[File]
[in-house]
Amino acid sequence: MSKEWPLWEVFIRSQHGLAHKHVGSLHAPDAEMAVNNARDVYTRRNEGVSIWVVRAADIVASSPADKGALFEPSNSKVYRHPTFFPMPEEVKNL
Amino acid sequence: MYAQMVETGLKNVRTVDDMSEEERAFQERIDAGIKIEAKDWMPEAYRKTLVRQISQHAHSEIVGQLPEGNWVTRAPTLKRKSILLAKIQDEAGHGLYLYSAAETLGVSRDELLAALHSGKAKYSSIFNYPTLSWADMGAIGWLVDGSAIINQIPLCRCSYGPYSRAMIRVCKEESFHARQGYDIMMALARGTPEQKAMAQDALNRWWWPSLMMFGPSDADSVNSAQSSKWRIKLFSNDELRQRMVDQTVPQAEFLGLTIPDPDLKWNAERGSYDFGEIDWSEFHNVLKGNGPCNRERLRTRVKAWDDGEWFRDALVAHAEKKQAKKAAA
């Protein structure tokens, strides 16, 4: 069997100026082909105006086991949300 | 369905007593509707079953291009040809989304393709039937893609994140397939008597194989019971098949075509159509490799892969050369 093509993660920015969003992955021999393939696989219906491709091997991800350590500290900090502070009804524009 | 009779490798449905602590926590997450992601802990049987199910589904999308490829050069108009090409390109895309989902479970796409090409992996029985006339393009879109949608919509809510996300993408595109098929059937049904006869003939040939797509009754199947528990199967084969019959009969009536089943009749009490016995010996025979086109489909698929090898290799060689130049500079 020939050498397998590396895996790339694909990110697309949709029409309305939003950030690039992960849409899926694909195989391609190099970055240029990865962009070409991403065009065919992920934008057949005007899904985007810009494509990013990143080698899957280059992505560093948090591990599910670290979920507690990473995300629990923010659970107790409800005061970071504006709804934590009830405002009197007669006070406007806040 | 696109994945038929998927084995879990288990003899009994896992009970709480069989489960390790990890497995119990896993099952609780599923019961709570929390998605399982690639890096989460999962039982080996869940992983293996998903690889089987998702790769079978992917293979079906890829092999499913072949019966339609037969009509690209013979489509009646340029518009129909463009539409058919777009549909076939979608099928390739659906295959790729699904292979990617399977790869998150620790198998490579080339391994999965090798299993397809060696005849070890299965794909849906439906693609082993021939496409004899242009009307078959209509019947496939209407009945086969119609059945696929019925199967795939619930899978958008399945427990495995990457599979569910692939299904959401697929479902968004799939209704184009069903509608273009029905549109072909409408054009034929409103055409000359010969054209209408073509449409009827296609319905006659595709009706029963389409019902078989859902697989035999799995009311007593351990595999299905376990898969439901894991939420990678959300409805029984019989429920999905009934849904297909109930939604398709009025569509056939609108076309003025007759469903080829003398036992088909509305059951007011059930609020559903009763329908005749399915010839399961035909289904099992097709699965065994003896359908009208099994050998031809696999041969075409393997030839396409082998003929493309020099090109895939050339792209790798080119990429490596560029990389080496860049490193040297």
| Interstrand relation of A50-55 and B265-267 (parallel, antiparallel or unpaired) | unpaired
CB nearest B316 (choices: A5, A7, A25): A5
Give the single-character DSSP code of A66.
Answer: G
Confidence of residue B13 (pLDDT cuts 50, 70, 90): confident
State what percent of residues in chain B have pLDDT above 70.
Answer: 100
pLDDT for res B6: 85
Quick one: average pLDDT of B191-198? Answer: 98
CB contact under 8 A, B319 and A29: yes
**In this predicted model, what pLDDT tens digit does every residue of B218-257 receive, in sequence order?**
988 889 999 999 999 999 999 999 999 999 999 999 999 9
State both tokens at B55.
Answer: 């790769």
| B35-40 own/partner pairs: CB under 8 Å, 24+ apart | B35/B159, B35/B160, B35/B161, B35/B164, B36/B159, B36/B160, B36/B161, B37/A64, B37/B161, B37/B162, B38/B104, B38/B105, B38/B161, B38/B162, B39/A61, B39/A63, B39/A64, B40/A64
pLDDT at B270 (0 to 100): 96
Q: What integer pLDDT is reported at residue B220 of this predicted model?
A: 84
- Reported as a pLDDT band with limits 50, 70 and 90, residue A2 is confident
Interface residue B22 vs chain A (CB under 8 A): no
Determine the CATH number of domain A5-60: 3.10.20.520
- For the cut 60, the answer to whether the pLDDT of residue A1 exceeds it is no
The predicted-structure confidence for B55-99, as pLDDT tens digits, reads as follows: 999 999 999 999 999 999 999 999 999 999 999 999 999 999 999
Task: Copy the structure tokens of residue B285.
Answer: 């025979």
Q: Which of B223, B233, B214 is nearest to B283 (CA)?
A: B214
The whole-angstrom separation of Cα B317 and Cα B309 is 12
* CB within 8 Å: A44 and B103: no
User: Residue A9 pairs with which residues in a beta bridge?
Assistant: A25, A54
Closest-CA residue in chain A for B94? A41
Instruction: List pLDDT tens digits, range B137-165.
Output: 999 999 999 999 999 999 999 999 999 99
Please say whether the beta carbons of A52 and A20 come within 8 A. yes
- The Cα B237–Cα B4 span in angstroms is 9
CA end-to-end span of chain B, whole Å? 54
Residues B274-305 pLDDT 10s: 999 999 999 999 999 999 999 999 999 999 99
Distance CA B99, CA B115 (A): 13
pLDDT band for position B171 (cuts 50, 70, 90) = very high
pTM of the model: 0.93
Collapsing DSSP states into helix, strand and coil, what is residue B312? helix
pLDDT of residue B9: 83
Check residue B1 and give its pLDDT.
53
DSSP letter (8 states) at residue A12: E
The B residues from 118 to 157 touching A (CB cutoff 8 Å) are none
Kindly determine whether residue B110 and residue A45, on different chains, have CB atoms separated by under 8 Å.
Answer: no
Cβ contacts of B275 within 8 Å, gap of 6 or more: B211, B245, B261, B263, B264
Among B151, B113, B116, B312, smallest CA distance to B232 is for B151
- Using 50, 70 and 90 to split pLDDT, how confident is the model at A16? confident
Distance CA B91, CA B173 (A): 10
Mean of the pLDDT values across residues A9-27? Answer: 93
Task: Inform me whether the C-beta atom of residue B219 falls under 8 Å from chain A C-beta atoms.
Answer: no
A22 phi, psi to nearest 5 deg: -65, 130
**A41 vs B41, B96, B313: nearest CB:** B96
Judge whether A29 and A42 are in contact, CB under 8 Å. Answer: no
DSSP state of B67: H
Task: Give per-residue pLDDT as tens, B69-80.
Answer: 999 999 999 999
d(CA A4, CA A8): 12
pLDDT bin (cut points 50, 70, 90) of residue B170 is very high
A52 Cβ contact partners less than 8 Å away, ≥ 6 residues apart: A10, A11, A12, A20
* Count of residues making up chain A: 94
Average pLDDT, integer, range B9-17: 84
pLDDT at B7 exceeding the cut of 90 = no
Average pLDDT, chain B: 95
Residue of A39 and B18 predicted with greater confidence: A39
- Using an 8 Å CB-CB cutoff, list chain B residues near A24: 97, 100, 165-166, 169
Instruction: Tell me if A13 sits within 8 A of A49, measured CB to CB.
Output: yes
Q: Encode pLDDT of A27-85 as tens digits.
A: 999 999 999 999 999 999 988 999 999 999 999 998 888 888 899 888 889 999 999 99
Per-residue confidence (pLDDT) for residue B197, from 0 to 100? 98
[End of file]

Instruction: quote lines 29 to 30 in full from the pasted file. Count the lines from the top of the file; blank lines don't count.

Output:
Answer: 């025979």
Q: Which of B223, B233, B214 is nearest to B283 (CA)?